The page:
Whatever reasons drove Powell to make Peeping Tom, he had effectively signed his career's death warrant. The film opened to scathing reviews in April 1960, just months after the similarly-themed Psycho. Ironically, Hitchcock floated out of the controversy surrounding Psycho as the consummate old trickster, and saved his slowly sinking career. The time seemed ripe for Peeping Tom among audiences and critics alike. Unfortunately for Powell, the critics could find none of Psycho's black humour in his sober tome. 'Sick' and vile' were a small sample of their vitriol. The papers were outraged that a filmmaker of Powell's calibre could sink his talents into material so vulgar and perverse. Powell hoped the distributor would weather the storm and allow the audience to find the film on its own merits. Instead, the plug was pulled on Peeping Tom after five days and at least in Britain the film was buried.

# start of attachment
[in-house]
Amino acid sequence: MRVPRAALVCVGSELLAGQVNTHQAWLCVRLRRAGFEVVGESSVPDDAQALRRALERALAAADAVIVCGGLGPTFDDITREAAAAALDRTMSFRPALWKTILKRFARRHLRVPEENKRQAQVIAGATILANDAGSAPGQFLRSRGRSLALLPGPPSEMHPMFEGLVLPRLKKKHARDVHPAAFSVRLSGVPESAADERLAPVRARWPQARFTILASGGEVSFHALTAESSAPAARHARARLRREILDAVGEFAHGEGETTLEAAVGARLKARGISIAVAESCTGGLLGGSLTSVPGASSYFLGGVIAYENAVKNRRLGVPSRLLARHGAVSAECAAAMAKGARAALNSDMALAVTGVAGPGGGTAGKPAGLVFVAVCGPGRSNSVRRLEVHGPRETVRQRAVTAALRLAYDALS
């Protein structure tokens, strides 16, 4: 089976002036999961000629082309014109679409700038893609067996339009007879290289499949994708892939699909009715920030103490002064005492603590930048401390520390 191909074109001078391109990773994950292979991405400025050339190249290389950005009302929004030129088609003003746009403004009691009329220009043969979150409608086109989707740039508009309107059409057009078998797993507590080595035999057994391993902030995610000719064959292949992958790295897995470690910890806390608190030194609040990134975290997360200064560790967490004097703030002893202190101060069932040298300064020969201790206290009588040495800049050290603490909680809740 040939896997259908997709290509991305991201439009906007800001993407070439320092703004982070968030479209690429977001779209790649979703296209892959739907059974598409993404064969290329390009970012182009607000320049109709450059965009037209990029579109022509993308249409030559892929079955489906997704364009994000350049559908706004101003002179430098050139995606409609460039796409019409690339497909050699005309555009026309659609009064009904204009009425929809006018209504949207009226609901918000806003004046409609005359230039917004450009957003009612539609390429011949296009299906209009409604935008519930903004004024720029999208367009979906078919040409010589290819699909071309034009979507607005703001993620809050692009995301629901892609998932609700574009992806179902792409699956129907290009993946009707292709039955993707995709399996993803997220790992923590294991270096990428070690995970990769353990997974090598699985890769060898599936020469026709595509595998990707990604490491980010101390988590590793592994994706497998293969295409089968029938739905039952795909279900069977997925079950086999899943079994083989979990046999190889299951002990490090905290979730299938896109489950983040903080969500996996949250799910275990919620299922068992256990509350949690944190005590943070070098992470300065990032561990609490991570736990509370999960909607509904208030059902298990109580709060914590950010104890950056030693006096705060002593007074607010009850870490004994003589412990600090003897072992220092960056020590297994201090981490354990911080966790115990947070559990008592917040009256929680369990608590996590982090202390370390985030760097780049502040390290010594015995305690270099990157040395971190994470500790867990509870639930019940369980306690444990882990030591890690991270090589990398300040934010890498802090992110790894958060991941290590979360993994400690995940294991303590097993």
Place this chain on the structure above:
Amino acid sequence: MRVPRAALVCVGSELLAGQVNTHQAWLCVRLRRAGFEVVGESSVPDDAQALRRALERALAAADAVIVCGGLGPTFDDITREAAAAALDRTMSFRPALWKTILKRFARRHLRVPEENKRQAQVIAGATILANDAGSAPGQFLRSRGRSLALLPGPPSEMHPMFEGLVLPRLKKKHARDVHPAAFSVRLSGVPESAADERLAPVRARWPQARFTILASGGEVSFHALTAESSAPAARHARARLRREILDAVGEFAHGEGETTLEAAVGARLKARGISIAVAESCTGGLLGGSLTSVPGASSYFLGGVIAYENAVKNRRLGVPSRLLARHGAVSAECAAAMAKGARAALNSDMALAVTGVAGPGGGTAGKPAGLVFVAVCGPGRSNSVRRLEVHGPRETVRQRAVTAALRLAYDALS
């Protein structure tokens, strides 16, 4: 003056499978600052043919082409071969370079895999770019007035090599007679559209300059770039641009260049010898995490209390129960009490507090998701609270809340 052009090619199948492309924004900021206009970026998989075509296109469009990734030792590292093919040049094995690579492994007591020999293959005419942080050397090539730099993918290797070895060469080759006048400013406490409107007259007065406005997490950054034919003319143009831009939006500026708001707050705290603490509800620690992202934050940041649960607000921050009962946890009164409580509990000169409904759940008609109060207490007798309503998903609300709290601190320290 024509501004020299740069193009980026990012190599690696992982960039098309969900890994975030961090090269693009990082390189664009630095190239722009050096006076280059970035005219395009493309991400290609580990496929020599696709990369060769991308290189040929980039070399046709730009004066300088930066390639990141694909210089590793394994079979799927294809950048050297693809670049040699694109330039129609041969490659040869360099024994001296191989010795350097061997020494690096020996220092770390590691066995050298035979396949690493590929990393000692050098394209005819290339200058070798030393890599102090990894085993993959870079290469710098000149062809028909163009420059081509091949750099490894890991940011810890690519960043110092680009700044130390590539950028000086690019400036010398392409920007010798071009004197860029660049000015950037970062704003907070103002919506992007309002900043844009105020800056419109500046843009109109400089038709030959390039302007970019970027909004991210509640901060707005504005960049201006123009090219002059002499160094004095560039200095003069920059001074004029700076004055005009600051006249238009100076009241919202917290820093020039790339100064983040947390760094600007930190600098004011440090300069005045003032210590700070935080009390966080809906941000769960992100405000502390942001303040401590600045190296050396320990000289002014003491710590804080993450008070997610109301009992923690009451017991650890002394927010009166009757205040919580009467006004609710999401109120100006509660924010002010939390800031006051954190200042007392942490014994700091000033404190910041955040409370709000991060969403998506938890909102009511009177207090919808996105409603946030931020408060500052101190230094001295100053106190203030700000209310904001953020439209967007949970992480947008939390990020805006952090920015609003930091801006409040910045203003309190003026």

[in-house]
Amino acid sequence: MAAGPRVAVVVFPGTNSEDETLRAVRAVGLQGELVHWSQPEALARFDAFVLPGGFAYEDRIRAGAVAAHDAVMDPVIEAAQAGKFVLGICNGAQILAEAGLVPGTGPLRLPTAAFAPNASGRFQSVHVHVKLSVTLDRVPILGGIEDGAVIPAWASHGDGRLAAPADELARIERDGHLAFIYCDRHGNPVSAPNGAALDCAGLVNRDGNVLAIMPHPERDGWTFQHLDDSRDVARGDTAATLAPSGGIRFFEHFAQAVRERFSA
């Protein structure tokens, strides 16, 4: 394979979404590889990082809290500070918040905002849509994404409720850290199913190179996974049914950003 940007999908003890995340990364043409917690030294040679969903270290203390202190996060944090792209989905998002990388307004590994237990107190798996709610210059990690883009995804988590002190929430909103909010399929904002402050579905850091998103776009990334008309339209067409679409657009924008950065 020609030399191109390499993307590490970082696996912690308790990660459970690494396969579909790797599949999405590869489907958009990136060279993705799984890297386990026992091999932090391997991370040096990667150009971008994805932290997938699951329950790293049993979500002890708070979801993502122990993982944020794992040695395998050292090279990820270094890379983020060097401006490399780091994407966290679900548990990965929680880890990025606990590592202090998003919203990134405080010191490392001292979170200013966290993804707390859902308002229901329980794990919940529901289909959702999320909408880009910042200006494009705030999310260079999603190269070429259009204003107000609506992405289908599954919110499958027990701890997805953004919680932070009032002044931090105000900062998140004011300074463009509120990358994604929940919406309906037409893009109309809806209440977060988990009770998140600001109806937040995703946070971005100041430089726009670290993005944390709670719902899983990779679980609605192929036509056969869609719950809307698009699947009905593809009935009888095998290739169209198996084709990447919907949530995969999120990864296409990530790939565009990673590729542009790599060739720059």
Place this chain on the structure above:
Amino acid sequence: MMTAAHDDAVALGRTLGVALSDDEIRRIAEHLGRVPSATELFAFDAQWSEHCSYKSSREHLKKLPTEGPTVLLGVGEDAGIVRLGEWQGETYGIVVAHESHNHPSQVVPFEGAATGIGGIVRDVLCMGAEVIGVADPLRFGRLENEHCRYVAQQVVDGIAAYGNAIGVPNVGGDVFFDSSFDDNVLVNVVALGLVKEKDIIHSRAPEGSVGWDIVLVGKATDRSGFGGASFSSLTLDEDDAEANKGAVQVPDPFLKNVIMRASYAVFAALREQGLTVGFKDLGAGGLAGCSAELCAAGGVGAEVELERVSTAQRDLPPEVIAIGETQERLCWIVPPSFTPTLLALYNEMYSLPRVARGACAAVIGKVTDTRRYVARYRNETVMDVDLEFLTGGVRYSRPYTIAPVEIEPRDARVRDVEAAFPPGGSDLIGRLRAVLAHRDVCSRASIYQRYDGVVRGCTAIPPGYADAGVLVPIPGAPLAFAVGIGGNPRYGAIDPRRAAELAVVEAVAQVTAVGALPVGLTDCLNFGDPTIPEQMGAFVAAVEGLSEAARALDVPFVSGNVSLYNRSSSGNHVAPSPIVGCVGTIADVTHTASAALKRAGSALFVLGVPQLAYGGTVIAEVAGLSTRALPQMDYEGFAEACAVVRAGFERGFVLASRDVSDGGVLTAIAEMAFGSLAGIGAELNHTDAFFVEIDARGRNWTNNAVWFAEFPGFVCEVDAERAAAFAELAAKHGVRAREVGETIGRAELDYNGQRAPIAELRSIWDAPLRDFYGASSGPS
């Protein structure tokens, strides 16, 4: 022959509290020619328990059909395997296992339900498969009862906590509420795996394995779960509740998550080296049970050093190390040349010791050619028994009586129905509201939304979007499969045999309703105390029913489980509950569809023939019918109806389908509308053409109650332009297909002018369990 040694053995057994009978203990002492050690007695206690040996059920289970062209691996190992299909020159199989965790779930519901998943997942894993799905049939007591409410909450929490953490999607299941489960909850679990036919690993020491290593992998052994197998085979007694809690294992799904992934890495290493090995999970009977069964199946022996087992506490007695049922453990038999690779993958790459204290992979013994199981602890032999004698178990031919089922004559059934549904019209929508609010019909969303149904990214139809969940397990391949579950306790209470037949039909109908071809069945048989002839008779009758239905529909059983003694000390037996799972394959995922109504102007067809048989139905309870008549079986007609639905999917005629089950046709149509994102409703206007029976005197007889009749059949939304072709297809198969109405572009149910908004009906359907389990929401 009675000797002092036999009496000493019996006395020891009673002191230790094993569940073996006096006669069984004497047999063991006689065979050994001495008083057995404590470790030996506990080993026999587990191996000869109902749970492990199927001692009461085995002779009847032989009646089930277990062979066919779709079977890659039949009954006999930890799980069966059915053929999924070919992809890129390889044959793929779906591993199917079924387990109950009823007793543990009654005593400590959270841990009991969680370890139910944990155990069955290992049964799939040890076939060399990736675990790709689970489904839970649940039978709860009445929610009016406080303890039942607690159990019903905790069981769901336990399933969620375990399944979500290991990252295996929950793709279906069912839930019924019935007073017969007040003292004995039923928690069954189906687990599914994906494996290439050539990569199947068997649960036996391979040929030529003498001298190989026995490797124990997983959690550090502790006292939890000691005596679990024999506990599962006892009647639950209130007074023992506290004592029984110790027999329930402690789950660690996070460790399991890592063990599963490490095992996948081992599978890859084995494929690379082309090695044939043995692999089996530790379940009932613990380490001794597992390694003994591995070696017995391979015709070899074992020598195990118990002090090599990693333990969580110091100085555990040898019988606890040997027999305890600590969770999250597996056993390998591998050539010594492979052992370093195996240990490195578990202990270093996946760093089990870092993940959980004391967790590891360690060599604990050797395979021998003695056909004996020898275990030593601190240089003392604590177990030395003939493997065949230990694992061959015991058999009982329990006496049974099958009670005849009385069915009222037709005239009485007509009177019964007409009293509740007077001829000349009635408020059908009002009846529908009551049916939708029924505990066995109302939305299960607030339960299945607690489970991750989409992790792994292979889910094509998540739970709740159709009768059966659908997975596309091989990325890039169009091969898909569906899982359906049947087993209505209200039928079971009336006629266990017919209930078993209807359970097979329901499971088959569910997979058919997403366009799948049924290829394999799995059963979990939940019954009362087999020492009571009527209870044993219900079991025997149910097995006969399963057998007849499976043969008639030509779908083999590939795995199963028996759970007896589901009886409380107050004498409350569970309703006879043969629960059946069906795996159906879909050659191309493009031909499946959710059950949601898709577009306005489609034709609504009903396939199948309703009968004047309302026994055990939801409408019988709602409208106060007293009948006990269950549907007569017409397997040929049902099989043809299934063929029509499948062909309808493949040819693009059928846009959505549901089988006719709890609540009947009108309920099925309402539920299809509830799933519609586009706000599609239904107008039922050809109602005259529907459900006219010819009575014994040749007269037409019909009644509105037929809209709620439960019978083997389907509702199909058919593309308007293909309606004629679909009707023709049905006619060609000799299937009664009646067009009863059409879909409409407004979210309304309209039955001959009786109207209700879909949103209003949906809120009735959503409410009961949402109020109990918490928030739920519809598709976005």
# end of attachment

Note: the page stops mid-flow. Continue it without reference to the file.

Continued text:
The print was sold to the American Roadshow circuit, with a lurid ad campaign designed to sell the film to a jaded American public. Shorn of twenty minutes footage, the film was considered too 'British' and was shelved after a limited run. There it sat, gathering dust for almost 20 years. Then in 1978 a cabal of admiring filmmakers led by Martin Scorsese (himself no stranger to controversy) rescued a complete print from Britain. Peeping Tom was thus relaunched in 1979 at the prestigious New York Film Festival to a predictably mixed reception. Correct-minded commentators grudgingly accepted its 'masterpiece' tag but were nonplussed with the Film's treatment of its sexual violence.
As for Powell, the British film industry no longer considered him bankable after Peeping Tom. He made one more film in Britain before exiling himself to Australia. The antipodean They're A Weird Mob (1966) was on of his final films before his death in 1984. Luckily for Powell, the film he considers his masterpiece is still revered and reviled, but no longer ignored.